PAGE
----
When asked why the sisters risked everything to protect others, Stefania would usually explain only that she “had to help,” because “we are all human beings.” But this selflessness also came with a price. In the late 1970s, Stefania began to display signs of Post Traumatic Stress Disorder (PTSD). She suffered from severe insomnia, frequent flashbacks, which almost constantly put her “upstairs in the bunker,” uncontrollable crying, bouts of depression, and eventually, dementia.
Despite the gravity of this terrible disease, it set Stefania free. She forgot the past, and for the first time in her life, her mind was at ease. She died in 2018, singing Polish songs and emanating the warmth and joy of a person whose youth had been taken from her, but whose life and spirit were resilient beyond imagination.
Fusia returns to the attic in 1985, for the first time since the war ended. Visible on the left wall is where the false wall once rested against and exposed a vertical timber. The window on the right is where one of the hidden would always keep watch on over the courtyard for unexpected visitors.
Many of those rescued by Fusia came together to recognize her heroism and in 1979, she was recognized as Righteous Among the Nations by Yad Vashem in Israel. Fusia’s story has been memorialized in a television movie titled “Hidden in Silence,” in a documentary titled “The Other Side of Faith,” in a segment on the television show “In the Name of Love,“ and in multiple interviews for newspapers, television news, and various Holocaust archives. She was a featured guest on “Oprah,” spoke at the dedication of the United States Holocaust Memorial Museum in Washington, D.C., in which she is featured at the Rescuers exhibit, and was recognized by Women’s Day USA in Los Angeles.
A fictionalized version of Fusia’s story is in the young adult novel titled “The Light in Hidden Places” by Sharon Cameron, published by Scholastic Press. An audiobook version is passionately voiced by Beata Pozniak Daniels, an award-winning Polish-American actress who founded Women’s Day USA, honored Fusia as an inspirational woman, and was Fusia’s friend.
3 Tatarska Street in 2019 during renovations to become a museum.
Tatarska 3, the house in Poland where Fusia and Helena hid thirteen people is currently being converted into a living museum by a compassionate businessman in Przemyśl to memorialize the heroism of these two young ladies.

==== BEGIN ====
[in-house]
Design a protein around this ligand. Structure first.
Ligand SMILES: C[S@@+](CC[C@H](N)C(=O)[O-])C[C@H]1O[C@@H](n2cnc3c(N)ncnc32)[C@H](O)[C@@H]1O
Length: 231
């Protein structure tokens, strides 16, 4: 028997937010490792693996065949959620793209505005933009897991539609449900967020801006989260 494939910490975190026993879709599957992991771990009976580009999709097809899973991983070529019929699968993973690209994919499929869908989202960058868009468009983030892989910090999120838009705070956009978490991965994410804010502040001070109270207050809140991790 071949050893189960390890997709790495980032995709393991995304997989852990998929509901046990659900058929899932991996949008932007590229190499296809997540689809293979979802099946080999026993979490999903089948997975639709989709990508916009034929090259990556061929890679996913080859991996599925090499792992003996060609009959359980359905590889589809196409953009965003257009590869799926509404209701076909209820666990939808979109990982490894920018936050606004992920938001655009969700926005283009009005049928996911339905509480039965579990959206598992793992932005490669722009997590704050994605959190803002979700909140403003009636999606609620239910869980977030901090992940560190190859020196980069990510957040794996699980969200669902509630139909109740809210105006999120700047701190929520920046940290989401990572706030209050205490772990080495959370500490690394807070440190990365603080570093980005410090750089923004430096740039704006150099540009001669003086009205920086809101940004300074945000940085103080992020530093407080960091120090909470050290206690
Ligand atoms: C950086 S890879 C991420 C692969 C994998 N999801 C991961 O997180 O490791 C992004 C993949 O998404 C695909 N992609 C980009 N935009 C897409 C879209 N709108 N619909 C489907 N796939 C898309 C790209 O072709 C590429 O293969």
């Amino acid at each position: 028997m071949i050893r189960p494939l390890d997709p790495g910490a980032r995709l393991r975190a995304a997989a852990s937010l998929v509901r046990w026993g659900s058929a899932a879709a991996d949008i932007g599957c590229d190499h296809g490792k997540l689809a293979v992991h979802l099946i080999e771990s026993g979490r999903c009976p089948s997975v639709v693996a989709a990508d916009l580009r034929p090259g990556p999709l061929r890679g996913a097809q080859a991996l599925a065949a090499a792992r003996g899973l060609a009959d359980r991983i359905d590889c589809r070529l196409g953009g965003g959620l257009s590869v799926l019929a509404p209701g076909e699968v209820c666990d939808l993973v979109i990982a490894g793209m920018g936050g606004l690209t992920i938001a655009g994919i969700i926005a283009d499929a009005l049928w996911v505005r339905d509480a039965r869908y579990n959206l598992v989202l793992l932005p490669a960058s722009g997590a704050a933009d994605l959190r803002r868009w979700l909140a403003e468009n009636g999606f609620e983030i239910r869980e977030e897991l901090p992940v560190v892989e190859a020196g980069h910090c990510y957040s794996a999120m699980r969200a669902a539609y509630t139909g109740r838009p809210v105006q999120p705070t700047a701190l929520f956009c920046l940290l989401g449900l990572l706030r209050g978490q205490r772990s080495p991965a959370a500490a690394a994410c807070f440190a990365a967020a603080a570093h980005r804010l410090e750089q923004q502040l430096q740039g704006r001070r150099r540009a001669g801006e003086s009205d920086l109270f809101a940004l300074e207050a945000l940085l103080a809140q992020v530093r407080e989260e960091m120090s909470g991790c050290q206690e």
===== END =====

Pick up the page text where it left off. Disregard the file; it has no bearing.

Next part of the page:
Fusia and Joe had two children, Ed and Krystyna, who are the stewards of their parents’ story. Pictured are Ed Burzminski, Joe Burzminski (Max Diamant), Stefania “Fusia” Podgorska Burzminski and Krystyna in 2002.
Fusia and Joe had two children, Ed and Krystyna, who are the stewards of their parents’ story.
Fusia died in September 2018 and her humble yet extraordinary life continues to touch and inspire.
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The illustration above was made by Josef Burzminski (nee Max Diamant) in the 1980s depicting Stefania and Helena as guardian angels, Stefania protecting the 10 adults and Helena protecting the 3 children.
Max Diamant was Henryk Diamant's older brother. Max was #1 to arrive to Fusia. Max was the "president" of the Tatarska...
Dziusia Schillinger was daughter of Wilhelm Schillinger. Dziusia was 12 years old when she came to Tatarska 3....
Henryk Diamant was Max's younger brother. Henek was Danuta Karfiol's fiance.
Danuta was Henek Diamant's fiancee.
Dziusia Schillinger's father. Max Diamant worked for Doktor Schillinger as a dental technician and a junior dentist....
Married to Monek Hirsch.
Siunek Hirsch's father. Monek Hirsch's cousin. Sala Hirsch's cousin by marriage. Doktor Hirsch was the financier of...
Doktor Hirsch's (Hirsz) cousin. Sala Hirsch's (Hirsz) husband.
Doktor Hirsch's son. He and Max got along well in the attic. Siunek was the "vice-president".
Malwina Zimmerman is the mother of Cesia and Janek.
Teodora "Cesia" Zimmerman was the daughter of Malwina Zimmerman and brother of Janek Zimmerman.
Janek Zimmerman was the son of Malwina Zimmerman and brother of Cesia Zimmerman.
Janek was Fusia's postman. He was #13, the last to arrive.
Free Media Archives
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Living in Boston in 1993, Stefi and Joe were interviewed by local television station WBZ-TV4 prior to their coverage...
From the USC Shoah Foundation Stefania Podgorska Burzminski appears at the end of the testimony of her husband, Josef...
In 1995, Stefi was recognized in Los Angeles by Women's Day USA and its founder Beata Pozniak, a Polish born screen...
Read aloud at Stefi's funeral, this letter of recognition was presented to Stefi from California State Senator Ben...
In 1979, Fusia was honored with a "Medal of the Just" by Yad Vashem after several of the Rescued petitioned the...
In 1961, Stefi and Joe lived in Tel Aviv Israel and Joe provided testimony at the trial of the Nazi...
An article in the August, 1994 edition of Reader's Digest titled "Stefania's Choice". Reproduced with...
Click here to see the film in its entirety."The Other Side of Faith" is a documentary produced by Mr. Sy Rotter about...
Fusia was asked to speak at the opening dedication ceremony of the United States Holocaust Memorial Museum...
Ms. Susan Petit, at the time the publisher of Los Angeles Lawyer magazine, a legal publication of the Los...
Stefi provides her oral history in 1989 to the United States Holocaust Museum. This is a series of three long,...
At the United States Holocaust Memorial Dedication in Washington DC in 1993, Stefi and Joe were interviewed for Polish...